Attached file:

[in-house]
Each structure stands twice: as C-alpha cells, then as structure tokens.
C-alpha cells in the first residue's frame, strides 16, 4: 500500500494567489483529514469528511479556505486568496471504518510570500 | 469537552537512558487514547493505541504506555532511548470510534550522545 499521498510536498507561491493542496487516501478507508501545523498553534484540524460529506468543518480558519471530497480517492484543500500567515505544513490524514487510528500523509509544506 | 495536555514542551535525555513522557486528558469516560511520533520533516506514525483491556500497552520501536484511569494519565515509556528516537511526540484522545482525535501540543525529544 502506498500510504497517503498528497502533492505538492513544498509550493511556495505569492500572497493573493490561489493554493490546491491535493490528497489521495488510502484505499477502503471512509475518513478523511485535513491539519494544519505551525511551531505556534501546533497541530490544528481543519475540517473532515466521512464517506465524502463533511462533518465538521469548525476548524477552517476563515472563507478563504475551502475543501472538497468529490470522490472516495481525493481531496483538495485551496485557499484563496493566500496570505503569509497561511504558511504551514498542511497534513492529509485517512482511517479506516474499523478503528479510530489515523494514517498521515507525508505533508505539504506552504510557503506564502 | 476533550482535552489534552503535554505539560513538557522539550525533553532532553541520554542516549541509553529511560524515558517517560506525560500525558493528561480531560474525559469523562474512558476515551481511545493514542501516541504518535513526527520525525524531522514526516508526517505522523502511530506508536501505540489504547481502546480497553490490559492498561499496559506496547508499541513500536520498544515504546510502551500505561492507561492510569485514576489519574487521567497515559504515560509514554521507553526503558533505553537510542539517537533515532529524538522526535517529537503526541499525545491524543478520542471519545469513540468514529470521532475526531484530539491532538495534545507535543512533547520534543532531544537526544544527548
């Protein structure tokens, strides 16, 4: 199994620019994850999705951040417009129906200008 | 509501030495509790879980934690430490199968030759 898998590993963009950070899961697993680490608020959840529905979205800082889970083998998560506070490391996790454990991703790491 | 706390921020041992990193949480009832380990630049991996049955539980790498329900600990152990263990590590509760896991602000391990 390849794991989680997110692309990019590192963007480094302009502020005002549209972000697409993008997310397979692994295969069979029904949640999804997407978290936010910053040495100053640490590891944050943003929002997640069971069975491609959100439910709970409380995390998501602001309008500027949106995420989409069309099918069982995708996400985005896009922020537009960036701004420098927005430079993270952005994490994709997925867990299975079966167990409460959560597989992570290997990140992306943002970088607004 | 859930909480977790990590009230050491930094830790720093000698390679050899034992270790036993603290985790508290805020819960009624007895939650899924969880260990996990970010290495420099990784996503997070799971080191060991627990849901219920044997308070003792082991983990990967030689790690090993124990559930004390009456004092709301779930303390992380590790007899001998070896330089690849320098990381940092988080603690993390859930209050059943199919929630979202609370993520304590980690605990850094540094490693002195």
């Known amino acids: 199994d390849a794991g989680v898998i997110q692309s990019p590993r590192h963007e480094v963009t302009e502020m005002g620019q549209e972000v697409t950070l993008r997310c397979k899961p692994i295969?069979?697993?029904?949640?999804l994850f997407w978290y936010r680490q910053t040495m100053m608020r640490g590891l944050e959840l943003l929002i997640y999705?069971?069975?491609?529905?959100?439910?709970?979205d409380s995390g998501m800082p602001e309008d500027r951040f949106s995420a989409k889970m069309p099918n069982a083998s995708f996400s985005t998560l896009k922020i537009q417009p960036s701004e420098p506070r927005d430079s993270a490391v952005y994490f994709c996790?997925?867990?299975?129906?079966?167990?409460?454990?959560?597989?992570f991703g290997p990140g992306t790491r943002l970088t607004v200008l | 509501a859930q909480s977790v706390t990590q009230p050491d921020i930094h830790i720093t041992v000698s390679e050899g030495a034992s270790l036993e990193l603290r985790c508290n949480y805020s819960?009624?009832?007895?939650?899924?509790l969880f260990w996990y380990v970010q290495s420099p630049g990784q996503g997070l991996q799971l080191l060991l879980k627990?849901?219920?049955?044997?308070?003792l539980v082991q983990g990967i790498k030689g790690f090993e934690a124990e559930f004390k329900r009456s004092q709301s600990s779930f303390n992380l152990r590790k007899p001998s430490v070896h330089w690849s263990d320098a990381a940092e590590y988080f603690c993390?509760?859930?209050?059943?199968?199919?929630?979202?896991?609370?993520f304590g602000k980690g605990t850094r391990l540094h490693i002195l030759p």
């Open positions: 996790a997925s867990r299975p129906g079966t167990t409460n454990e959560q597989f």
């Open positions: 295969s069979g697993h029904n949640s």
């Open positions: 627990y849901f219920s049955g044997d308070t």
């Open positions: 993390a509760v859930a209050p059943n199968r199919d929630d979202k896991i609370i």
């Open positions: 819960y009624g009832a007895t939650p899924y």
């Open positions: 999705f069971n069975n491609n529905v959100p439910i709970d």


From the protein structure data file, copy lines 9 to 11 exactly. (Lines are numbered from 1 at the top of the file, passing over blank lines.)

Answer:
């Open positions: 993390a509760v859930a209050p059943n199968r199919d929630d979202k896991i609370i």
């Open positions: 819960y009624g009832a007895t939650p899924y």
């Open positions: 999705f069971n069975n491609n529905v959100p439910i709970d």